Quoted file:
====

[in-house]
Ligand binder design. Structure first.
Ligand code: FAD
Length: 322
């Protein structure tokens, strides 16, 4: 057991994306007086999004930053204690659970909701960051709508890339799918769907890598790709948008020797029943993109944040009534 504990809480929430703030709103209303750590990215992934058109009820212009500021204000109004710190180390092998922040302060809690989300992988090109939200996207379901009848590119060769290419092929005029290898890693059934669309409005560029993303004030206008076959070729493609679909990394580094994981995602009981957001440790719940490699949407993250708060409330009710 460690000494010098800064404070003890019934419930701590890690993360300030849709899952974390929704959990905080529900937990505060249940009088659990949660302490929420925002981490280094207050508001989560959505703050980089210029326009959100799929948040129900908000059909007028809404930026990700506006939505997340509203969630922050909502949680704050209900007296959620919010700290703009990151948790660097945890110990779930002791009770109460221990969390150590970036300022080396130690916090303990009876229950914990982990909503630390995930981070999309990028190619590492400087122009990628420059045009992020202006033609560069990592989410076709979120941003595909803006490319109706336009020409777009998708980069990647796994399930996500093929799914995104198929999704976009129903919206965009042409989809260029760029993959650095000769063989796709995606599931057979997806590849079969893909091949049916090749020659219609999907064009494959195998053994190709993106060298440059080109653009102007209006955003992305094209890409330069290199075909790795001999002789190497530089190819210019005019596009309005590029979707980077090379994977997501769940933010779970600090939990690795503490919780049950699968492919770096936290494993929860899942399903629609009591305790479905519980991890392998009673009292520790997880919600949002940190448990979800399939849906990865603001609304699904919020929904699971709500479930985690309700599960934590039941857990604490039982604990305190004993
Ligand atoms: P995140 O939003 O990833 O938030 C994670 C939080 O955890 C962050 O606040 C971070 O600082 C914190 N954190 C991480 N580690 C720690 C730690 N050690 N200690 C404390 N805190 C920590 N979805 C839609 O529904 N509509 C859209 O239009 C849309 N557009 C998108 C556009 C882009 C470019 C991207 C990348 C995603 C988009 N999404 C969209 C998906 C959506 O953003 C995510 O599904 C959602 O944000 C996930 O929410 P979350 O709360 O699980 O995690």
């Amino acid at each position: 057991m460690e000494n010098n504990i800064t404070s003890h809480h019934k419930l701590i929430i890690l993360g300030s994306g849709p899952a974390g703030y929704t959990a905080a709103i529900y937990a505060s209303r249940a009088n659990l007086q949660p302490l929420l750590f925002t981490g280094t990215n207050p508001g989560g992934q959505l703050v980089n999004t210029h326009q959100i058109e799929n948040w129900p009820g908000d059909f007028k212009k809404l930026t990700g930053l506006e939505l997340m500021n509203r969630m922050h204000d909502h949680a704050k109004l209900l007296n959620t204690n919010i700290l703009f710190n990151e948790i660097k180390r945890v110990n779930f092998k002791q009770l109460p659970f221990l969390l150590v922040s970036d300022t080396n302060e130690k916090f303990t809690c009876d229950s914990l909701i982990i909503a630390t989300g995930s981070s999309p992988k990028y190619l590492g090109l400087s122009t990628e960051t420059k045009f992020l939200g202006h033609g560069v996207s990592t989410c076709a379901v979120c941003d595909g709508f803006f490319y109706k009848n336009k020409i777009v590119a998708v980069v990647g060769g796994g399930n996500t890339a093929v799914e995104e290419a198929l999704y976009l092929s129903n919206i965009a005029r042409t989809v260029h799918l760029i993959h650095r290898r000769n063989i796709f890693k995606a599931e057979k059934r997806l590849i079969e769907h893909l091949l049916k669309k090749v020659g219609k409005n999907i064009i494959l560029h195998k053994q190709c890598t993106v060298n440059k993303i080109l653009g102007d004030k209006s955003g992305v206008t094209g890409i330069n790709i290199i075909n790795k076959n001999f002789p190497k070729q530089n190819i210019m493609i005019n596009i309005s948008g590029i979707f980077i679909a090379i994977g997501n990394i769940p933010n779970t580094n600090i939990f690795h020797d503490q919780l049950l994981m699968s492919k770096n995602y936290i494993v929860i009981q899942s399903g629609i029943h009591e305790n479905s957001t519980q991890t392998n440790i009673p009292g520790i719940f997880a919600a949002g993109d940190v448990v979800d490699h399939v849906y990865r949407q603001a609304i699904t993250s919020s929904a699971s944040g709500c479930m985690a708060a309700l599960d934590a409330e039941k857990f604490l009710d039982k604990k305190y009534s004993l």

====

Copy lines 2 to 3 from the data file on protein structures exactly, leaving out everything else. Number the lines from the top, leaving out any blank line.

Ligand binder design. Structure first.
Ligand code: FAD